Adolescent risk factors for excessive alcohol use at age 32 years. A 16-year prospective follow-up study
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To examine which socioeconomic, family, personal and lifestyle risk factors in adolescence were the strongest independent predictors of excessive alcohol use in adulthood.
In a prospective longitudinal study, all 16-year-olds of one Finnish city completed questionnaires at school, and were followed up by postal questionnaires at 32 years of age [n = 1,471, (females n = 805, males n = 666); response rate 70.3%). The alcohol use disorders identification test (AUDIT) was used to assess alcohol use in adulthood. AUDIT scores of 8 or more for females and 10 or more for males were classified as excessive alcohol use. Adolescent risk factors examined were parental social class, school performance, depressive symptoms, self-esteem, impulsiveness, parental divorce, relationships with parents, parental trust, health behaviour, leisure-time spent with friends, dating, and problems with the law.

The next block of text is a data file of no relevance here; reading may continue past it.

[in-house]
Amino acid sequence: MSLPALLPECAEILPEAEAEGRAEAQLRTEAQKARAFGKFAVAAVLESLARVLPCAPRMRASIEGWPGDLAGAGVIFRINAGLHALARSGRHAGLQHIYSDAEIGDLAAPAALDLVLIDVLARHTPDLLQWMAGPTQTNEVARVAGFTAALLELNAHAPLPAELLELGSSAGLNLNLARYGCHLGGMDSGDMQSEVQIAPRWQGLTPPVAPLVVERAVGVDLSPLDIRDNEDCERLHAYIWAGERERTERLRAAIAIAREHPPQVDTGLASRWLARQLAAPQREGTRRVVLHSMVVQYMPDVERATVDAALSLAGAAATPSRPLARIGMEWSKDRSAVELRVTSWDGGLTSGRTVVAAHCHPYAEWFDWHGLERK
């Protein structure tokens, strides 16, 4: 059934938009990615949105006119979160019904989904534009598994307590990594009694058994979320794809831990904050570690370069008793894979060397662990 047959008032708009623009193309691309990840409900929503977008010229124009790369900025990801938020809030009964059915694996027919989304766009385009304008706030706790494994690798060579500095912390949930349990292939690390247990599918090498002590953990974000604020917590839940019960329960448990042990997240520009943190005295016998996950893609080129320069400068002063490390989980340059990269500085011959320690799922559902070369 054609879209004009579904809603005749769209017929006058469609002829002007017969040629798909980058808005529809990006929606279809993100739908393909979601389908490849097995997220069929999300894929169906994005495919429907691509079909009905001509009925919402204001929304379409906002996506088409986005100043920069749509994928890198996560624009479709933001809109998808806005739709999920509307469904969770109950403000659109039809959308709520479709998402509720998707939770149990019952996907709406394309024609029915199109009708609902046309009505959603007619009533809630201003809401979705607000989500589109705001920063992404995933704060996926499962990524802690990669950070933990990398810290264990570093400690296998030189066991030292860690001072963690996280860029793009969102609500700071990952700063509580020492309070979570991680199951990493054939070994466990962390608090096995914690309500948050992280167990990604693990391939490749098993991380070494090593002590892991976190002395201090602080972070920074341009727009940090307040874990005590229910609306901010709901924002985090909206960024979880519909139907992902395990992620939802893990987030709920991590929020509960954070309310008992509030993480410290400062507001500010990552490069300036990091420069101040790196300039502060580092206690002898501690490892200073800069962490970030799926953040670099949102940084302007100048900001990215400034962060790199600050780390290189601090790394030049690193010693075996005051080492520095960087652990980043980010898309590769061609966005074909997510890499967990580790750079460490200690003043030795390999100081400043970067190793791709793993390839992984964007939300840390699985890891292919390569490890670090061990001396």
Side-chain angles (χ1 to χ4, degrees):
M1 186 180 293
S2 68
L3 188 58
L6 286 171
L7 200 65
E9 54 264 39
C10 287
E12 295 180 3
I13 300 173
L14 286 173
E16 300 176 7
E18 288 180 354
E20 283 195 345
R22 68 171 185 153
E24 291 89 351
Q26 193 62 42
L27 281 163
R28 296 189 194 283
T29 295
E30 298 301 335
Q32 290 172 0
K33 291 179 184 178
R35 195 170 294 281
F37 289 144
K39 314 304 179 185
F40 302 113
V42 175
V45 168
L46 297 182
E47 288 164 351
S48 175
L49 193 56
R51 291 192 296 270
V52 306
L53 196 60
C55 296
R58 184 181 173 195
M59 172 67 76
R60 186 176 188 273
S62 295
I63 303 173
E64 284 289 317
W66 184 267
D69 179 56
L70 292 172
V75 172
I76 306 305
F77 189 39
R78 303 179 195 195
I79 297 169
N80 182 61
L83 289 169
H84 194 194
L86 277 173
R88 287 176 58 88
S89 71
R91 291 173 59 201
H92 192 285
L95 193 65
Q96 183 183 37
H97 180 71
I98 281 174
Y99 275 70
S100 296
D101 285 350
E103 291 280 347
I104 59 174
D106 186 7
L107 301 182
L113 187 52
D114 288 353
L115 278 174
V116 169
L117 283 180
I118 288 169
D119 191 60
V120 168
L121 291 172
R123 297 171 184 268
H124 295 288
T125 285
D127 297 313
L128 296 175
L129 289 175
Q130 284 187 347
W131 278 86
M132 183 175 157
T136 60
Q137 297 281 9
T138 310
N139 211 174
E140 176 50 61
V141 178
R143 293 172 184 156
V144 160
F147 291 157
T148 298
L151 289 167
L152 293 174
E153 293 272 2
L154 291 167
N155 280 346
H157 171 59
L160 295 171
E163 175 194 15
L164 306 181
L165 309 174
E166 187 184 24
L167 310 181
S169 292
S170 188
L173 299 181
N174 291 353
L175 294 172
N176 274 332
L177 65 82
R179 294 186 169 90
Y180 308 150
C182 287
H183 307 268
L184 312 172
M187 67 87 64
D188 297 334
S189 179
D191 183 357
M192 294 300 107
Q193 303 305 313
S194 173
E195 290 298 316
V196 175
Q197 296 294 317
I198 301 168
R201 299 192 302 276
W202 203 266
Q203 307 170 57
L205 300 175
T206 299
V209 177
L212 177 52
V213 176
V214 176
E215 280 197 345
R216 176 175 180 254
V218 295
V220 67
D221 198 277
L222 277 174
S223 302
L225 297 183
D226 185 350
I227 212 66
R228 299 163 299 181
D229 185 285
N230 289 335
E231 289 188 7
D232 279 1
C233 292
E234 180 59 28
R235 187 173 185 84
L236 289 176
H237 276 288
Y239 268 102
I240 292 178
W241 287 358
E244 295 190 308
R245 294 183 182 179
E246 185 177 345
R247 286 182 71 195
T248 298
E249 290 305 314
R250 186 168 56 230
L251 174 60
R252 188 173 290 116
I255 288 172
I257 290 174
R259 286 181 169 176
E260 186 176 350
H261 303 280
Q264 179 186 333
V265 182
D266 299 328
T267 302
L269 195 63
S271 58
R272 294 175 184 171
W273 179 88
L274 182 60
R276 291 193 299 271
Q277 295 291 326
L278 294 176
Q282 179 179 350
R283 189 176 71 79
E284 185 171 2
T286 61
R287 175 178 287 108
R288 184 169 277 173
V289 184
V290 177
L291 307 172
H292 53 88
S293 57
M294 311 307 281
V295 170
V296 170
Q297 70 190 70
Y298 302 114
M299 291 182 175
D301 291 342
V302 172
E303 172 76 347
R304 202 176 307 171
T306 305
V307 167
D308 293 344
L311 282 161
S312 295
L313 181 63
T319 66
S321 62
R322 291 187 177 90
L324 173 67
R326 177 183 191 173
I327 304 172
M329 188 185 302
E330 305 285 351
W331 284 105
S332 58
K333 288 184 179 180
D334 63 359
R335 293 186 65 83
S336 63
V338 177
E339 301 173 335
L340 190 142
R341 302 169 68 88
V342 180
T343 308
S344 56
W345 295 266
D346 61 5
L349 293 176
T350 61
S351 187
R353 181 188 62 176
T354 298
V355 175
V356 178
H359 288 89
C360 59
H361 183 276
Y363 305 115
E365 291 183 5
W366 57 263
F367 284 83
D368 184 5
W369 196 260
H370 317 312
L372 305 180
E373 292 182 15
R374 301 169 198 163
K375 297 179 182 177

All the socioeconomic, family, personal, and lifestyle variables in adolescence, except parental social class in both genders and self-esteem among females, showed significant univariate associations with excessive alcohol use at age 32 years. Multivariate logistic regression analysis showed that among adolescent males, parental divorce, moderate and high level of depressive symptoms, leisure-time spent daily among friends and moderate and drunkenness-orientated drinking were the strongest predictors of excessive alcohol use in adulthood. Among females, the strongest adolescent predictors of excessive alcohol use in adulthood were drunkenness-orientated drinking and frequent smoking.
Early interventions for adolescent substance use and a set of specific psychosocial risk factors should be tailored and evaluated as methods for identifying those at high risk of and preventing excessive alcohol use in adulthood.